Degree: BA (hons) Fine Art: Painting
University: Wimbledon College of Art
Graduation Year: 2019
Wimbledon trained artist, Sarah Isherwood, comes forth bearing embroidery threads, silk-screen printing and oils to explore the fragile world of memory, experience and prescription medication.
Crafted on silk and muslin, Isherwood uses a range of materials - paint, thread, charcoal, and even vegetable oil - which she uses to leave deliberate stains - marks on her work, to reference the figurative ‘stain’ left behind from prescription medication. Sertraline - (trade name Zoloft) is the most commonly prescribed mood stabiliser in the UK and is distributed to patients in a yellow, turquoise, and white box. We find this motif referenced throughout Isherwood’s work, together with her emotive, more visceral oil stains and charcoal marks which propose a counterpoint to the surface treatment. Poignant, powerful and slightly unnerving, her work describes a true and terrible beauty, these are real and raw - a new perspective.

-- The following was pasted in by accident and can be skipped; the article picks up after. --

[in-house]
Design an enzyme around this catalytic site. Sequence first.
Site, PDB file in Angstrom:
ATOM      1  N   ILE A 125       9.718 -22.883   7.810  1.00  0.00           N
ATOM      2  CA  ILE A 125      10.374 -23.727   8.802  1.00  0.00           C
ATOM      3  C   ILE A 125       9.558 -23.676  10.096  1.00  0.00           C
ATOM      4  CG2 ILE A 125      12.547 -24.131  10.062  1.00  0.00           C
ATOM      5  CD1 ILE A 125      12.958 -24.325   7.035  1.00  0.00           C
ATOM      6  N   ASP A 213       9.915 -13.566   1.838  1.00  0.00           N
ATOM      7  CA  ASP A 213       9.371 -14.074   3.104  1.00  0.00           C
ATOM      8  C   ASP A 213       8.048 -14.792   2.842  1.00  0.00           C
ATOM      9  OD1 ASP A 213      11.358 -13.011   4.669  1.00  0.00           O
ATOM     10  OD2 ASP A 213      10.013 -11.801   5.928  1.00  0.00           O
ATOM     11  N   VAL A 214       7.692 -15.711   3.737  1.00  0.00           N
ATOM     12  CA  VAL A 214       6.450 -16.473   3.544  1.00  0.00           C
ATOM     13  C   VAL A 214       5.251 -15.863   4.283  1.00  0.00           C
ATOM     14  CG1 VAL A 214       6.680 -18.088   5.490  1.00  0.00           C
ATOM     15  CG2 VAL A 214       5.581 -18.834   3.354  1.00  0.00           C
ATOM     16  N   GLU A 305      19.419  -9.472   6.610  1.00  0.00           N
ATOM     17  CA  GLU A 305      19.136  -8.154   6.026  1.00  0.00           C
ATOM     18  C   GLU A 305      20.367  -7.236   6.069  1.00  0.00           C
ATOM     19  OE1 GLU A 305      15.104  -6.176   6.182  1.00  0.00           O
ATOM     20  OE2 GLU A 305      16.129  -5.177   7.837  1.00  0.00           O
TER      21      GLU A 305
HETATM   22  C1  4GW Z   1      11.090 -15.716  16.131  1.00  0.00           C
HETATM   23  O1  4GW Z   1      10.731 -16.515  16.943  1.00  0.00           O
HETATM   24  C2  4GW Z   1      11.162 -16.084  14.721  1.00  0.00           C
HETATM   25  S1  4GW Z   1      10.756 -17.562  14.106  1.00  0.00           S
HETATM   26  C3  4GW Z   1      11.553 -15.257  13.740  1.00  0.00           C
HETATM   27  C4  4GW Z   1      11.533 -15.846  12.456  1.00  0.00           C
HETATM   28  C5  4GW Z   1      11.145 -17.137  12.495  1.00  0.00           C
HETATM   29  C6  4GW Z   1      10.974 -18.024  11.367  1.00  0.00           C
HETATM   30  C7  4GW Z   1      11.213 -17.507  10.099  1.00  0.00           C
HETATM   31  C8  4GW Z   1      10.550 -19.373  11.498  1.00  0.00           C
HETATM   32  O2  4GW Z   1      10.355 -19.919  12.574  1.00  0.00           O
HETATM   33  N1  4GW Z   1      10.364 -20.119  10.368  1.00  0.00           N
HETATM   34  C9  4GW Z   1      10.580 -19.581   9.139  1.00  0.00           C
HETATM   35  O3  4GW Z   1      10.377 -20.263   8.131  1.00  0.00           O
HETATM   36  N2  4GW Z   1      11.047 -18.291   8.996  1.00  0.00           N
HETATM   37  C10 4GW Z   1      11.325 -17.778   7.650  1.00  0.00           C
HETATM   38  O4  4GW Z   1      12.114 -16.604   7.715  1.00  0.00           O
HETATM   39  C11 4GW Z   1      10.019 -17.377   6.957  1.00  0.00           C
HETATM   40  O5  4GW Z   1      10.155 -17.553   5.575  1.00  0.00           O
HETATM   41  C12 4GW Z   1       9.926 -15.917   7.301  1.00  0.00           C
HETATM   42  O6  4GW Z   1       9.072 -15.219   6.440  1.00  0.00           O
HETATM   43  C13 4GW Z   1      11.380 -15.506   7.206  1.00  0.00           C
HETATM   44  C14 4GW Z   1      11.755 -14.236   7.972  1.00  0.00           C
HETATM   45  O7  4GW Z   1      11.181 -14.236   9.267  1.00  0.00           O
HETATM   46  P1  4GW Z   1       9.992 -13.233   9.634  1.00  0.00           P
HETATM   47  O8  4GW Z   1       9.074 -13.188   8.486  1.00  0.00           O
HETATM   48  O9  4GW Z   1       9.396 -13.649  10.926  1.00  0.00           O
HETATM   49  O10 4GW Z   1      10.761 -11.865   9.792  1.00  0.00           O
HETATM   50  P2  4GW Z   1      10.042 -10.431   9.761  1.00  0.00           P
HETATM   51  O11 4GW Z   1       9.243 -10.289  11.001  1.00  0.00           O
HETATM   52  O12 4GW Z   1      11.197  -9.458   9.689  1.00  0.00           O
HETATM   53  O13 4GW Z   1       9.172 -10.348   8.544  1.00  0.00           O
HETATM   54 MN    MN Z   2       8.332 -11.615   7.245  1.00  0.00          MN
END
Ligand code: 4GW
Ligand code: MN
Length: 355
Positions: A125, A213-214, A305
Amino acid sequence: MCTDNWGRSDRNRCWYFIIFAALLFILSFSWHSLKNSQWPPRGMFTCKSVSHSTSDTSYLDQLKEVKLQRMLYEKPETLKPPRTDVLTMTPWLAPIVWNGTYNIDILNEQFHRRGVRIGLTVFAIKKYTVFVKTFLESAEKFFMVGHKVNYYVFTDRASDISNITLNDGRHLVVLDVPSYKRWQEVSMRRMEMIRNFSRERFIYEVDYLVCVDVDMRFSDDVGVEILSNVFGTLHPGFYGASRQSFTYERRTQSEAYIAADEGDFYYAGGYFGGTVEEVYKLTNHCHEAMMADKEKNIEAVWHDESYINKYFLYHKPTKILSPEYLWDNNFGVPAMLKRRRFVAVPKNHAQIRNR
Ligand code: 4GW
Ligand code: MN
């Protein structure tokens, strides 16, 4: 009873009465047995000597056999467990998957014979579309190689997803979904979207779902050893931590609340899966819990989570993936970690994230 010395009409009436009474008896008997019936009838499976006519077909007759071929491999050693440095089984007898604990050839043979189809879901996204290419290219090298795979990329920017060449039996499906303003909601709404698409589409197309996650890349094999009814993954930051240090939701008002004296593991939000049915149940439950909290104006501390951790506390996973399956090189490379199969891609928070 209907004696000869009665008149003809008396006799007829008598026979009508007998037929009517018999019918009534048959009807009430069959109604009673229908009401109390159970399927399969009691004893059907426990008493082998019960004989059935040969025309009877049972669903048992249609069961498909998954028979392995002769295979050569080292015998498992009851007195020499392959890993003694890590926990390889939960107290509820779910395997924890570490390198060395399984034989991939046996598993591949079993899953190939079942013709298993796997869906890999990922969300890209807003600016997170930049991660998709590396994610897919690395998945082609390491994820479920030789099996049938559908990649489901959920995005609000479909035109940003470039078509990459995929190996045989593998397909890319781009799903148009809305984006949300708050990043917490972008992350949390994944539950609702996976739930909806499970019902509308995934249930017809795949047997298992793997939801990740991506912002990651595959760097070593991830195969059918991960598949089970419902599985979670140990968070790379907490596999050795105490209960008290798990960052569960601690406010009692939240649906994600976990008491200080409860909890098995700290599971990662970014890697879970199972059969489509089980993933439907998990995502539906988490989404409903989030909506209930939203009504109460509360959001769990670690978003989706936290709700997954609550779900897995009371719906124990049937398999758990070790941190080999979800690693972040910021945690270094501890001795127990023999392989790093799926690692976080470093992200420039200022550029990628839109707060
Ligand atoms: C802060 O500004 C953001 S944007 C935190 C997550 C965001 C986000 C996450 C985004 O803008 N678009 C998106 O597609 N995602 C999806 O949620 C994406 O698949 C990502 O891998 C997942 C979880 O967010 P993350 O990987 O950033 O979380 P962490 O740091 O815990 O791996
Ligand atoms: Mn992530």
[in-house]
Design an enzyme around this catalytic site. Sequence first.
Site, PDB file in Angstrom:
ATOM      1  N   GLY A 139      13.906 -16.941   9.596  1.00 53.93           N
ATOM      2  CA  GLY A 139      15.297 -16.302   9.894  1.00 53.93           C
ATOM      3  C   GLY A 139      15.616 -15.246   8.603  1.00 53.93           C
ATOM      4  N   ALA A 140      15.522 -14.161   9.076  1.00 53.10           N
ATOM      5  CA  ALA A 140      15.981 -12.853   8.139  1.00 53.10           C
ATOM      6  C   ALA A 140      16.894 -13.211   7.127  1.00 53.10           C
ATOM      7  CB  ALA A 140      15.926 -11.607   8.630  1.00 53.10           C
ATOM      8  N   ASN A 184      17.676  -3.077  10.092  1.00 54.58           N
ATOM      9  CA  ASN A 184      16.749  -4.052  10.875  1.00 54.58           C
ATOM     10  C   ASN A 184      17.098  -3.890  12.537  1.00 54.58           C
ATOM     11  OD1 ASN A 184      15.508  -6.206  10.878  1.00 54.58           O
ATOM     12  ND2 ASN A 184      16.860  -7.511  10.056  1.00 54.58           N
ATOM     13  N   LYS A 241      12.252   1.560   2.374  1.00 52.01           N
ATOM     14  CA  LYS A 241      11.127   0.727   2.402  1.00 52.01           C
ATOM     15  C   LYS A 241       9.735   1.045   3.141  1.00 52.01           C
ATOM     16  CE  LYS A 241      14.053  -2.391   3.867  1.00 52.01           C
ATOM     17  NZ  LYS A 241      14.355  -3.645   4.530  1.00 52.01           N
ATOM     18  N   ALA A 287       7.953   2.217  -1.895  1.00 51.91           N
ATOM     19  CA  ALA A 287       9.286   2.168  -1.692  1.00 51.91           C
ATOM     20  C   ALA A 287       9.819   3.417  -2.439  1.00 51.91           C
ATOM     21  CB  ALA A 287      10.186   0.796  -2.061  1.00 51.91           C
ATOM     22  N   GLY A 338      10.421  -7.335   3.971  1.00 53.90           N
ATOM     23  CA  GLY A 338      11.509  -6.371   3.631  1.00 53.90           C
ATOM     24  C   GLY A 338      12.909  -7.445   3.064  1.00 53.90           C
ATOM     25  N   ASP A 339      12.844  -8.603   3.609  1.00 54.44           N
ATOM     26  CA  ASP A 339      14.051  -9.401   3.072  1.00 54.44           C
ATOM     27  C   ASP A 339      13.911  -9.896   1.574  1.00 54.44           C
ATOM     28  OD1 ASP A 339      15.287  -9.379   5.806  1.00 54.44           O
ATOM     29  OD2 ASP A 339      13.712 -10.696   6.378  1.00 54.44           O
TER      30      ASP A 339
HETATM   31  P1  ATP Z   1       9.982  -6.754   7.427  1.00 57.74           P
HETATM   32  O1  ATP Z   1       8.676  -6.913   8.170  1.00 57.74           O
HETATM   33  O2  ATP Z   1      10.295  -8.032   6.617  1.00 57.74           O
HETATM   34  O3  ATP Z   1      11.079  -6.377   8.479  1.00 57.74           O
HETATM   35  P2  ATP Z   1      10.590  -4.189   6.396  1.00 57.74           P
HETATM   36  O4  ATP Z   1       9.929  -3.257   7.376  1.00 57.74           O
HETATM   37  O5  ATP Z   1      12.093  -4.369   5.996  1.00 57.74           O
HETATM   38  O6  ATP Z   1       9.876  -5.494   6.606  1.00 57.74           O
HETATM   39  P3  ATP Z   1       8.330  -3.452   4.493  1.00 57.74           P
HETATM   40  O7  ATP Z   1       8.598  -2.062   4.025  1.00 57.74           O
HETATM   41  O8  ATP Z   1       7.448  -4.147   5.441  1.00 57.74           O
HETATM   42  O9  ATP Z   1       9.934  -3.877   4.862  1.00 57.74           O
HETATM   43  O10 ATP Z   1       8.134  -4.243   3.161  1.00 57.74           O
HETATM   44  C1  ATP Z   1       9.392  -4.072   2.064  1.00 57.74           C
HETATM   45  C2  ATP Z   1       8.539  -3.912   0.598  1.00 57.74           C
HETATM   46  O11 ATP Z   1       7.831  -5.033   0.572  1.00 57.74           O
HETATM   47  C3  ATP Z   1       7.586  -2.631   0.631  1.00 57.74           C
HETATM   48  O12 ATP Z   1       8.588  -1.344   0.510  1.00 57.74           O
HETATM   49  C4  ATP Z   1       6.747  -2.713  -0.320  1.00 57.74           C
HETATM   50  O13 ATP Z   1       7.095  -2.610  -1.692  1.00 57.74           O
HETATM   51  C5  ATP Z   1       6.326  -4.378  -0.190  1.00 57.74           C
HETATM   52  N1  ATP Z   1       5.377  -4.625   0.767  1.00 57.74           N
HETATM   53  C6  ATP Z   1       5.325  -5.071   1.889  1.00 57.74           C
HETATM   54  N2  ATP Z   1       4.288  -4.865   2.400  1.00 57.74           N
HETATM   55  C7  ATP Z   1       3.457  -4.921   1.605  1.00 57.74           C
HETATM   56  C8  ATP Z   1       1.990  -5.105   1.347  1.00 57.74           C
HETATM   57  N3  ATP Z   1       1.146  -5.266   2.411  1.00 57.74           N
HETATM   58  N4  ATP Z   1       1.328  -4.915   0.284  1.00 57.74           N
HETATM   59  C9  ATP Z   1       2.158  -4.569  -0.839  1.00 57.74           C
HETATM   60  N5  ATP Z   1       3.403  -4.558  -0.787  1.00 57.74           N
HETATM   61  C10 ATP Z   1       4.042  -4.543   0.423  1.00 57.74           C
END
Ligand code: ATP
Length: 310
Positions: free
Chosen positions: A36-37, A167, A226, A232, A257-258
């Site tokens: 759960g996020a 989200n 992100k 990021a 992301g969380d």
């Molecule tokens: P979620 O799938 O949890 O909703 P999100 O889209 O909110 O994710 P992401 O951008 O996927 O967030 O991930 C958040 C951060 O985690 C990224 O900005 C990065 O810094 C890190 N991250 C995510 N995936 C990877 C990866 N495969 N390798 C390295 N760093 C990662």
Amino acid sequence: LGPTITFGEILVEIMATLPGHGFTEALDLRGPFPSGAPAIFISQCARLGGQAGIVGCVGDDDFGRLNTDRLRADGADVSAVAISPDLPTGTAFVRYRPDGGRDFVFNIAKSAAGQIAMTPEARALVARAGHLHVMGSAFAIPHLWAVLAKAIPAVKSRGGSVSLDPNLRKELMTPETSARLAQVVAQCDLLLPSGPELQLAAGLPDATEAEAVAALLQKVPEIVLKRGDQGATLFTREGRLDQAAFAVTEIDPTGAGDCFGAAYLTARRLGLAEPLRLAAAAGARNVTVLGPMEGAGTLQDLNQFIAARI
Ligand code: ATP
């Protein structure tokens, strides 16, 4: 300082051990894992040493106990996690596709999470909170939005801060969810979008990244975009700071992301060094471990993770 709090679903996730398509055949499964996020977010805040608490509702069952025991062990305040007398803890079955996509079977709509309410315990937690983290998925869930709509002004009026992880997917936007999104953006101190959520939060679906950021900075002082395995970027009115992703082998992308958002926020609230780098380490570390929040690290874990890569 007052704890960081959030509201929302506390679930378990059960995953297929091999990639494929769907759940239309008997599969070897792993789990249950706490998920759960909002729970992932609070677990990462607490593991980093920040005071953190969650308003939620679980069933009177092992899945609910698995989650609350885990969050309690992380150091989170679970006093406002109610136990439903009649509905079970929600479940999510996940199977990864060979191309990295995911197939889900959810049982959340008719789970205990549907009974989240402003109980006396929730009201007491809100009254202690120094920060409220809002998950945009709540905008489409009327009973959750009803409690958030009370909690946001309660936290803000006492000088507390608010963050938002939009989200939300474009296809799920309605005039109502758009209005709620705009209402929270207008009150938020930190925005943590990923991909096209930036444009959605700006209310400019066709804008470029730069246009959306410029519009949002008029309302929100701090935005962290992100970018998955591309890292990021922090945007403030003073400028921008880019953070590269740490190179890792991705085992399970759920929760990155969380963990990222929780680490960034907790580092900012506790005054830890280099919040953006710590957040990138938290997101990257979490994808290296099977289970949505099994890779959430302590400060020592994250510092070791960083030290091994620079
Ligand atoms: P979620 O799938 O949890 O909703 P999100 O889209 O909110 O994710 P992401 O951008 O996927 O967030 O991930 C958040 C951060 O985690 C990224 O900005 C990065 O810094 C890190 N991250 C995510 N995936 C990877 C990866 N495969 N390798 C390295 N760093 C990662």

My practice explores ideas of how we recall memories, whilst also looking at how factors such as prescription medication can alter our perception. Dealing with the subject matter of medication allows me to explore the contrast between the idea and the reality of being on medication. Imagery from pharmaceutical packaging, their design and the pills themselves often appear as motifs.
Gestural mark-making acts as a direct method of conveying my reaction to memories and intrusive thoughts. These often appear in the form of writing but are distorted, covered up and made illegible. These gestural marks contrast with the more ‘mechanical’ nature of screen printing and sewing which together introduce an element of repetition similar to that of mass-manufactured medication. Oil stains within the work reference the figurative ‘stain’ left behind from medicine. This ever-present and irremovable oil stain represents to the viewer the long-lasting impact which medication can have on a person.
I have recently begun to incorporate more figurative elements into my paintings. Exploring the relationship that mark-making, distortion and texture can have alongside more recognisable imagery.
2019, For Love or Money, Copeland Gallery, London
2019, WCA Degree Show, Wimbledon College of Arts, London
2018, This Is Now, Now Was Then, Art Hub Gallery, London
2018, Prunella Clough Prize at Wimbledon College of Arts